Tuesday, October 27, 2020

The Moviegoer by Walker Percy

If there is a book that has had a stronger effect on me over the long term, that is that it introduced me to ideas that eventually led to a complete shift of world-view, I can’t think of one. That paradigm shift was not in the direction that Percy intended; his project, as far as I can divine it from having read all his books, most of them multiple times, is to use existentialism and semiotics in the context of often ironic stories to convince people to convert to Catholicism. That’s not entirely fair, he was a novelist first and it’s only in his last novel that the ideas completely overwhelmed the story (though, starting with Lancelot they started tending in that direction). His world in which it’s hard to figure out how to live as a person on a Tuesday afternoon now that everything has been explained satisfactorily by philosophy and science was my real introduction to existentialism (though I had read excerpts here and there previously), and eventually one of the stepping stones out of the Christian faith. 

"Everydayness is the enemy" was my aspirational and poorly adhered to mantra for years. Much of the novel deals with Binx Bolling’s, the narrator, search. The search is what everyone would do were they not "sunk in the everydayness of their own life." The theme that crisis or disaster situations can snap people out of that everydayness is one Percy returned to over and over again in his work. “To be aware of the possibility of the search is to be onto something. Not to be onto something is to be in despair." By the ending of the book, Percy has hinted at solutions but ultimately claims the right to uncertainty, at least in what he’s willing to say: “As for my search,  I have not the inclination to say much on the subject. For one thing, I have not the authority to, as the great Danish philosopher declared, to speak of such matters in any way other than the edifying. For another thing, it is not even open to me even to be edifying, since the time is later than his, much too late edify or do much of anything except plant a foot in the right place as the opportunity presents itself-- if indeed asskicking is properly distinguished from edification." That quote gives a good feel for both the humor and the philosophical aims of the novel.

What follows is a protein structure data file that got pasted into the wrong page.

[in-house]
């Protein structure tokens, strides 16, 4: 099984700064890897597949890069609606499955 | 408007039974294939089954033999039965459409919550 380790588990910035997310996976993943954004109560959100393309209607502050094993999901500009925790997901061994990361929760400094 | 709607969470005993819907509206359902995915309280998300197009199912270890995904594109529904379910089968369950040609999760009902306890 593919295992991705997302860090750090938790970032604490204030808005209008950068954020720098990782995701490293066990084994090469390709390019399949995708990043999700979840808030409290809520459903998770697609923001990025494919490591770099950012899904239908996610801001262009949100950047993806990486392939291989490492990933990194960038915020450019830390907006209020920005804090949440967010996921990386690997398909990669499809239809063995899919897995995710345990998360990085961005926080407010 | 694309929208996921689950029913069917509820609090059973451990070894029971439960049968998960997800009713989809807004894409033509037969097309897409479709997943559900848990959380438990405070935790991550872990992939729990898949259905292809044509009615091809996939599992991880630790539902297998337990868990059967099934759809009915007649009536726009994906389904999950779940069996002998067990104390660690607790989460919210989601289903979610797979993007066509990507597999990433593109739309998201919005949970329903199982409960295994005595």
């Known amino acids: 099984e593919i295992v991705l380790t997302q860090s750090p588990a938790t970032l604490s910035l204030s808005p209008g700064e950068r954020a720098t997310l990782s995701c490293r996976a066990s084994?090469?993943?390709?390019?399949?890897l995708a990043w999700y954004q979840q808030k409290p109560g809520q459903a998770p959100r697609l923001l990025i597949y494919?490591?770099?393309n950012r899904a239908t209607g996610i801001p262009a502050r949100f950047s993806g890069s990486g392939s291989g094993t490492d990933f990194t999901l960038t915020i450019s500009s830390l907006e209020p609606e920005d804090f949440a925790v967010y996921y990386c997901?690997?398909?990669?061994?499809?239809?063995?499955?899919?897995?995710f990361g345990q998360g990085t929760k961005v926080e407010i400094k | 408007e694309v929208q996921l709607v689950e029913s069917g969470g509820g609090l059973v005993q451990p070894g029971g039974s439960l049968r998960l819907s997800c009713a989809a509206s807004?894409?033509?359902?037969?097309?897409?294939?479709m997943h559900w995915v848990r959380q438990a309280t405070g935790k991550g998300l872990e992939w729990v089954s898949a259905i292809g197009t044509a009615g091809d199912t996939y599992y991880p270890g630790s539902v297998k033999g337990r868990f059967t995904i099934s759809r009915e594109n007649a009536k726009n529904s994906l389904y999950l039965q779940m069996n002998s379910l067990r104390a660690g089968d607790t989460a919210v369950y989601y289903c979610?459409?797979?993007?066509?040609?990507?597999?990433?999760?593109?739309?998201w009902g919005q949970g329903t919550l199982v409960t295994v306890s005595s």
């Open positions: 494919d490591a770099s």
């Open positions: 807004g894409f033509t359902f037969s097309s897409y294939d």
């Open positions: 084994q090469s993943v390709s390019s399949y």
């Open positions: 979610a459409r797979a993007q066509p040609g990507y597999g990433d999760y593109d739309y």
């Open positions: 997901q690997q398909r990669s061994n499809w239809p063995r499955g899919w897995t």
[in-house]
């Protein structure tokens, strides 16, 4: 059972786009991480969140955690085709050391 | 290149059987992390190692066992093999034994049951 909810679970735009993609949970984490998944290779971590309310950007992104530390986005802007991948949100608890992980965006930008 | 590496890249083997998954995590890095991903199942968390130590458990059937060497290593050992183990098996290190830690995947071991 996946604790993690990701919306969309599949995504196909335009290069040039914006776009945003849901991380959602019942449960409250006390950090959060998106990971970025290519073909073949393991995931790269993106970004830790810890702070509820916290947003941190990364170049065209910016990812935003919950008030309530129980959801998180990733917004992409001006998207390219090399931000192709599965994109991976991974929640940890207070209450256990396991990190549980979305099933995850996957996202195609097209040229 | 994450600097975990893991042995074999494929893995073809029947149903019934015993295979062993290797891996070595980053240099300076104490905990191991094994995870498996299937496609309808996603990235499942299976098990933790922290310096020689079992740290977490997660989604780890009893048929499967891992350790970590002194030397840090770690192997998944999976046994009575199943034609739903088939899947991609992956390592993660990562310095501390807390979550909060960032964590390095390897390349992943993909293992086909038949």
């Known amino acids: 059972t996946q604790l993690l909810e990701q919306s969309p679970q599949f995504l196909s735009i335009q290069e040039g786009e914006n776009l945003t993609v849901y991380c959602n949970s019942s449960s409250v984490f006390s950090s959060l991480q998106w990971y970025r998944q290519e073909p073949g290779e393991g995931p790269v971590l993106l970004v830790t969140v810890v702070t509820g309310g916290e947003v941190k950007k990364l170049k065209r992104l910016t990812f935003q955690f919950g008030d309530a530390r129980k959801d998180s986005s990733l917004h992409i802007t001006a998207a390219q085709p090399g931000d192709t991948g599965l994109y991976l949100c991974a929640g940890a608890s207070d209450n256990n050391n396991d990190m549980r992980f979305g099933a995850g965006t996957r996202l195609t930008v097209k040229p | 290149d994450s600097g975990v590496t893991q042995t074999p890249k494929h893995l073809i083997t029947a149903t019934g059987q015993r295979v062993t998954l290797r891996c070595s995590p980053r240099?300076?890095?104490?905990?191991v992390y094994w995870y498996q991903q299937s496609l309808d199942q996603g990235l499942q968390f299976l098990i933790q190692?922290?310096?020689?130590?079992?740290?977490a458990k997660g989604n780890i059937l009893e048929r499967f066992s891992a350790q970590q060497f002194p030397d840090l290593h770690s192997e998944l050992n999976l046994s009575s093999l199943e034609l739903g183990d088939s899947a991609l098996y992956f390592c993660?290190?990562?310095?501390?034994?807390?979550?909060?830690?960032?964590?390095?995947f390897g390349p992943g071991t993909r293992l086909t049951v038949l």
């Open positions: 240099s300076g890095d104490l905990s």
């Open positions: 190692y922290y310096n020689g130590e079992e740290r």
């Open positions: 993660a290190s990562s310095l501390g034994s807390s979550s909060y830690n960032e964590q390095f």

Binx, at the novel’s outset, is about to turn thirty. He spends his time making money in his uncle’s financial advisory company and dallying with his secretaries.This is where the existentialist themes get complicated. People’s actuality doesn’t always match their self perception. Some of Binx’s older family members “coincide with themselves,” but not his father, and not Binx. The way Percy addresses race in the book reads a little uncomfortably in the context of current discourse, but I think he is making a good faith effort to understand the way black and white people interact in the time he lives and in light of the history there. It seems logical to extend the uncertainty of self to people of radically different identity, but that conversation was not happening in those terms then. But he does try. I’m less comfortable with the way he writes his women characters. There’s a fratty aspect to the first quarter or so of the book that I was never entirely at home with. It’s like he brought the  Sartre and Camus to an American context, but not De Beauvoir. De Beauvoir is rightly remembered as a feminist, but her subject/object divide was conceived in existentialist terms and her work should be considered alongside theirs. There are several women in the book who do receive their due (Binx’s Aunt and Kate Cutrer (a distant cousin and love interest) in particular, and to a lesser extent his mother), but there’s something that doesn’t sit quite right with his interactions with his secretaries. I think the strengths of the novel overcome this, but if someone brought a strong feminist critique of this aspect of the book, that would be entirely fair. 

 The Moviegoer is smart about place, and how people find their ways in it. The idea that one could be a “somebody somewhere” versus an “anybody anywhere” took me a few reads to wrap my mind around. But one of the greatest strengths of the novel is the way it critiques an America already becoming a consumer wasteland. There are passages that rival the best of Vonnegut on the subject. Binx’s search is rooted in the history and context of New Orleans as a place. It matters very much where one is “catheterizing a pig” and who one is while doing so, in a particularly grotesque example. Percy is smart (writing in 1959!) about how a place is “certified” by its depiction in film or the presence of celebrity. An early sighting of William Holden gives Binx the opportunity to talk about how people’s experience was already being mediated to an unhealthy degree through its depiction in nascent pop culture. If Percy could only see Facebook.

The prose is excellent, often hilarious. Despite the nearly cynical humor, though, it often evokes a sense of wonder. Even having read it twelve times now, I’m sure I don’t get every bit of the philosophy in it. But the book is deeply ingrained in my mind, hopefully in good ways. My favorite theme in all literature is uncertainty, and this novel, along with the films of the Coen Brothers, may have been the initial source of that. When I conceived of this blog as recording my personal canon, this was one of the books that was already solidly in. I would no longer claim it to be without defect, but I love it warts and all. 


Rereads and Everything Else 2020 22/35

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